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The Kindness Rocks Project

Kindness Rocks, So Pass it On

Kindness rocks so pass it onIf you’re walking through the neighbourhoods, public spaces, or the trails of Anmore, Belcarra, Coquitlam, Port Coquitlam and Port Moody, you may come across some brightly coloured rocks on your path. Upon closer inspection, these imaginatively painted rocks are covered with messages of kindness and inclusion. The Tri-Cities Together: Coalition against Racism & Hate, in partnership with S.U.C.C.E.S.S., is behind the Kindness Rocks campaign to tackle the impact of bigotry, intolerance and discrimination in our communities.

This campaign came to fruition by members who wanted to engage the public around kindness and inclusion. Not long ago, the Port Moody Police and the Spread Love campaign swept through their respective communities. It successfully engaged the public so the Tri-Cities Local Immigration Partnership decided to continue the success of this initiative while raising awareness of how to combat discrimination, intolerance, and racism in the Tri-Cities.

Every Rock Has A Story

Each rock has a message, story, or challenge written on it with the goal of giving people strategies and tools to foster inclusive and welcoming communities. If you find a rock, you can check out the corresponding message on the Tri-Cities Local Immigration Partnership website. A few examples:

See something? Say something! For many, standing up for others can be daunting and can put your safety at risk. There are different ways you can stand up for others: reporting an incident to authorities, asking others for assistance in intervening, or removing the target from the situation before an incident escalates. See our community protocol for more information.”

Kindness rocks - stand up for others

Ubuntu – I am because we are. Ubuntu is a Nguni Bantu term meaning ‘humanity.’ It is often translated as ‘I am because we are,’ or ‘humanity towards others,’ but is often used in a more philosophical sense to mean ‘the belief in a universal bond of sharing that connects all humanity.’ The term became more widely known outside of Southern Africa in 1994 when Desmond Tutu chaired the South Africa Truth & Reconciliation Commission. Think about how we are all connected and how we can support each other in our communities.”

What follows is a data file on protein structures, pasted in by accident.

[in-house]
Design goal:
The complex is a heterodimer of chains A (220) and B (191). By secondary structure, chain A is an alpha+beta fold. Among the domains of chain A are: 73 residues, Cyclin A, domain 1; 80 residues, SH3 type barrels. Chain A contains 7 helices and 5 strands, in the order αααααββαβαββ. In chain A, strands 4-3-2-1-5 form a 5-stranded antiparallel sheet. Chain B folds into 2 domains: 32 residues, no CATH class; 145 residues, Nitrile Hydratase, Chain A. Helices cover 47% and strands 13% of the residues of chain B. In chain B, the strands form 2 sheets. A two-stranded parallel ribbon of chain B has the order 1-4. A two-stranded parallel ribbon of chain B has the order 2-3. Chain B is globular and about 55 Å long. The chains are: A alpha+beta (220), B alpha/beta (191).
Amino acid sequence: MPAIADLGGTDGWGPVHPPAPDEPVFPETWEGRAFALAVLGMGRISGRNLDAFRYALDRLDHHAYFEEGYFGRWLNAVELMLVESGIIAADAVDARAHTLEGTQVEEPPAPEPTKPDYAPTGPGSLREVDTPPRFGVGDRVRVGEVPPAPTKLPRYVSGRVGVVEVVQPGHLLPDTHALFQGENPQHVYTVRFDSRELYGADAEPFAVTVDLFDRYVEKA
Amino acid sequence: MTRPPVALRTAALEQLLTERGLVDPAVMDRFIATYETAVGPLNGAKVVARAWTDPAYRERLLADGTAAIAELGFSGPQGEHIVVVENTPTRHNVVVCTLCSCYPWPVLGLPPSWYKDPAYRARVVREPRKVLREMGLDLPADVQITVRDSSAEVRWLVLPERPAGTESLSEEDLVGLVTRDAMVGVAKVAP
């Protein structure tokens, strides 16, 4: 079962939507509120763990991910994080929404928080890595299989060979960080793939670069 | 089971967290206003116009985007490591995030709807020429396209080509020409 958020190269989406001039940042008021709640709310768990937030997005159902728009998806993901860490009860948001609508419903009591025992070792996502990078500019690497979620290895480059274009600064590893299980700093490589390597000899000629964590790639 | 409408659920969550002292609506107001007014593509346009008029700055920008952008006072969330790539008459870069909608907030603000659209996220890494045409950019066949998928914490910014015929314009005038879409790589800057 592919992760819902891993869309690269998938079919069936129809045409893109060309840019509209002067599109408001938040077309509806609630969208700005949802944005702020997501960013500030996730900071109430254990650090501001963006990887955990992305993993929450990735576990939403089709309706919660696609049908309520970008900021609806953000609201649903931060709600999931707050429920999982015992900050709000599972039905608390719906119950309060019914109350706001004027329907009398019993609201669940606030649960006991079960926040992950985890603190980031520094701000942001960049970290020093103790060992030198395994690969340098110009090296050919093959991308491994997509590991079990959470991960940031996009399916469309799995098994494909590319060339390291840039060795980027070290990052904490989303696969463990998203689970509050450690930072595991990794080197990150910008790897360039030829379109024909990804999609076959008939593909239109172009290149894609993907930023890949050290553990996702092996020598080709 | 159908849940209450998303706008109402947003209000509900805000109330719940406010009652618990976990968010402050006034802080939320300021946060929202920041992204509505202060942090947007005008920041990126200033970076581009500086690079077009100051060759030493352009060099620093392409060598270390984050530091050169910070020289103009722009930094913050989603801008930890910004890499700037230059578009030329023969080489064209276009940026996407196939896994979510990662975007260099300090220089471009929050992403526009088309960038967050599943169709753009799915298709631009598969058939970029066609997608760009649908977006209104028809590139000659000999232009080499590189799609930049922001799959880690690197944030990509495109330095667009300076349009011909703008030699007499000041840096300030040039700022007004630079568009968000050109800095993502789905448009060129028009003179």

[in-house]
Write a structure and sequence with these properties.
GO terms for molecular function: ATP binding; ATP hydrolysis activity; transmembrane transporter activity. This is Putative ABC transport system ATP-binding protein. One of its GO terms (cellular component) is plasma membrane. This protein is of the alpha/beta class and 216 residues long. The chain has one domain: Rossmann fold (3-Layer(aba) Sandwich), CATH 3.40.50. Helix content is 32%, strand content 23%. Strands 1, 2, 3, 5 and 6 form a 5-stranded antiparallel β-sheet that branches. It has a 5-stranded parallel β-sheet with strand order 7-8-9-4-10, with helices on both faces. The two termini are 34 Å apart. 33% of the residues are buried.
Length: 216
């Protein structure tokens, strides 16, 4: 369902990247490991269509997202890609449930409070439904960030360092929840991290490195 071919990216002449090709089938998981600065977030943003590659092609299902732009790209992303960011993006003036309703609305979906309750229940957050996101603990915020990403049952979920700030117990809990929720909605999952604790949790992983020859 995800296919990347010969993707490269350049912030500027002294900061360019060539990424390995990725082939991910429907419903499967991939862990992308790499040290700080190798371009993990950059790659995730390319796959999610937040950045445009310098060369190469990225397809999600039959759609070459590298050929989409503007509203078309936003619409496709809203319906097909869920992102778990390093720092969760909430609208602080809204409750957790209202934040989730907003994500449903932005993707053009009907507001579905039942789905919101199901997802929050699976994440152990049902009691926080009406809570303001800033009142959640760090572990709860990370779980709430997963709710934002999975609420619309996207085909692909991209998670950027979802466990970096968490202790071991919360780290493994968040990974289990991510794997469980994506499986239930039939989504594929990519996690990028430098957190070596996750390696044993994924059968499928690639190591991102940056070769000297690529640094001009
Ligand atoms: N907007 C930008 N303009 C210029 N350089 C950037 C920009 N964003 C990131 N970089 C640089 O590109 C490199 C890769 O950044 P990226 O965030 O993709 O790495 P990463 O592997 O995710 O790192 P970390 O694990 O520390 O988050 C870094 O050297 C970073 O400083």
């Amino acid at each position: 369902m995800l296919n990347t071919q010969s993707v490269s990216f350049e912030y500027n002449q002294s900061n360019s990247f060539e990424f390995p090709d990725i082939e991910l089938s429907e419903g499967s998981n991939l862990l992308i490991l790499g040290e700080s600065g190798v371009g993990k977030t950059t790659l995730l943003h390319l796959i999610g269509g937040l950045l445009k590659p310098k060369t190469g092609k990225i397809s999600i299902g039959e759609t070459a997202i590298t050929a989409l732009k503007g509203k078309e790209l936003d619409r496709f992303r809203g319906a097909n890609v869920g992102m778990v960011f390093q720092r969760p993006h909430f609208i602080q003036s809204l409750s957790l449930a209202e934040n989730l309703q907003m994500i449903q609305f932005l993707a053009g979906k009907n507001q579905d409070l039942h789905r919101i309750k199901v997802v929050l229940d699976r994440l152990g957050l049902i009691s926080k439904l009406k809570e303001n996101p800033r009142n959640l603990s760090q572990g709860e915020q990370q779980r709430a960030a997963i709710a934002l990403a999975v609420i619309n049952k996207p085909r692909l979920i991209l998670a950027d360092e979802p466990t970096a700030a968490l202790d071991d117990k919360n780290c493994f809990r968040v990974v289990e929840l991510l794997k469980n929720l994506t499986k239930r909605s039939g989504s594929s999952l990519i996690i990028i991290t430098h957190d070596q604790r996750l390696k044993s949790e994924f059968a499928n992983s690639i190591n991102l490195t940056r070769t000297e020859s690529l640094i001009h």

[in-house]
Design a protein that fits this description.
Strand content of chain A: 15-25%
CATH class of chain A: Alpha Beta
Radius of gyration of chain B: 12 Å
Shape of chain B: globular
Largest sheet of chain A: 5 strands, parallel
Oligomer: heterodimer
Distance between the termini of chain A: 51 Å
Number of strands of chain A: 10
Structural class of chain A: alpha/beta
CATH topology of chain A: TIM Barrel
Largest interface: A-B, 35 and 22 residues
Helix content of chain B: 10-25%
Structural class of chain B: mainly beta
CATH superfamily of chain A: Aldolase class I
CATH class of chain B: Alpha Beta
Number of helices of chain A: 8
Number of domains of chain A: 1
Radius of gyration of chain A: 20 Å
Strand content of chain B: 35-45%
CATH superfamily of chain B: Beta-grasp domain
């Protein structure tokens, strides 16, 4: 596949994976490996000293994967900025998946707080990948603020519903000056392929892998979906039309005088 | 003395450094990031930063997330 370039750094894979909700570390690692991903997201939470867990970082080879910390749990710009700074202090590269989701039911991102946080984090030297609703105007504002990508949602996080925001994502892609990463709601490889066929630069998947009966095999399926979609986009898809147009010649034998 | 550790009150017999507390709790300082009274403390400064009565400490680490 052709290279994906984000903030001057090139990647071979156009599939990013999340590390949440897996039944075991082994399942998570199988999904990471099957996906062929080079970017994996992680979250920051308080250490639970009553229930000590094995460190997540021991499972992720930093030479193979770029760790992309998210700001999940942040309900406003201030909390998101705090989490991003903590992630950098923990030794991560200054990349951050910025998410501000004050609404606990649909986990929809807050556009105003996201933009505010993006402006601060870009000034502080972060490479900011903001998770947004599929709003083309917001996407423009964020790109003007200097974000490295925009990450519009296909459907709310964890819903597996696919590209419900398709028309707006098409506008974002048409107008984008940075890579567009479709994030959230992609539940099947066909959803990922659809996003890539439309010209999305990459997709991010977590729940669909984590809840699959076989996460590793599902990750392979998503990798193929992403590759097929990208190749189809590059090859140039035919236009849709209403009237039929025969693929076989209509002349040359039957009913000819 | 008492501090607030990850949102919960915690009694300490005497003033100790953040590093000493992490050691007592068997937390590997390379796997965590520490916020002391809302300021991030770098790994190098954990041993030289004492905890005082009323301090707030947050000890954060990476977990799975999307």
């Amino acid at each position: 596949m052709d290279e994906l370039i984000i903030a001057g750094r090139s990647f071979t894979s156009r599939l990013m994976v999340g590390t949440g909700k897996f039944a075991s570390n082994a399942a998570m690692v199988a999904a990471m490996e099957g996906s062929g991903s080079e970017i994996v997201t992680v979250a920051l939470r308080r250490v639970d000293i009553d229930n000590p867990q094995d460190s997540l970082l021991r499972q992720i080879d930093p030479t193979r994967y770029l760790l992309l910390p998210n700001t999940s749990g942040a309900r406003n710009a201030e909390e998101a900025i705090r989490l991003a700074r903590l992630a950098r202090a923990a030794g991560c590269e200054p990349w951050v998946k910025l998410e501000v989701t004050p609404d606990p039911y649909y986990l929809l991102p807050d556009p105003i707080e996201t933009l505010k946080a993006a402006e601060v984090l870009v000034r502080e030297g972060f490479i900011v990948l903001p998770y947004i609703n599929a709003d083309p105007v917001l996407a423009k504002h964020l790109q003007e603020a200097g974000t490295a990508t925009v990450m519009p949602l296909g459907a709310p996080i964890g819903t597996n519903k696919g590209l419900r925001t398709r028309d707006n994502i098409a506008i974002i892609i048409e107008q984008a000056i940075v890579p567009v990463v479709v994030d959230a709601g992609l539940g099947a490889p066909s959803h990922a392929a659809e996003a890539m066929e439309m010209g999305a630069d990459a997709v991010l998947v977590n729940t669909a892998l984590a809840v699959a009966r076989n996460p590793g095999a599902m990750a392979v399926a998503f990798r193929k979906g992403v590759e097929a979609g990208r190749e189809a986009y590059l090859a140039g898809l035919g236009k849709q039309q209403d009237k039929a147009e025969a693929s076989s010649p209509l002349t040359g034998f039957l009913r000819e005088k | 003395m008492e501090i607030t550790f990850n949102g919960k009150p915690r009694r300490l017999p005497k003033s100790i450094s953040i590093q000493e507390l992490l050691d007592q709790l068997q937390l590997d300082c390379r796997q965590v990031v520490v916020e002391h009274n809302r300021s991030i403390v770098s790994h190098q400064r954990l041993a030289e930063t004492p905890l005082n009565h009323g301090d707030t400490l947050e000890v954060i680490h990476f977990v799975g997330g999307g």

Kindness Rocks - Ubuntu

You belong. A sense of belonging creates ownership, a validation that you are valued as a member of our society. How can you help someone feel that they belong in our community?”

Kindness Rocks - Tricities

“One of the biggest challenges is raising awareness of what bigotry, intolerance and discrimination look like, both at the individual and systemic level. Our society is known for its politeness, so these issues can sometimes be overlooked. Understanding their manifestations helps us address them in a meaningful and impactful way,” explains Abigail, from Tri-Cities LIP.

If you find a rock, check out its message behind it at the Tri-Cities LIP website. Share the message with your networks using the hashtag #kindessrocks and tag Tri-Cities LIP on Facebook @tricitieslip or on Twitter @tc_lip. The social engagement has been great so far, “people are commenting and sharing their perspectives around the diversity and inclusion messages are important. It’s an opportunity to share and to learn from one another,” says Abigail.

We each have a role to play in making our community a healthy space and place. Kindness rocks. Pass it on.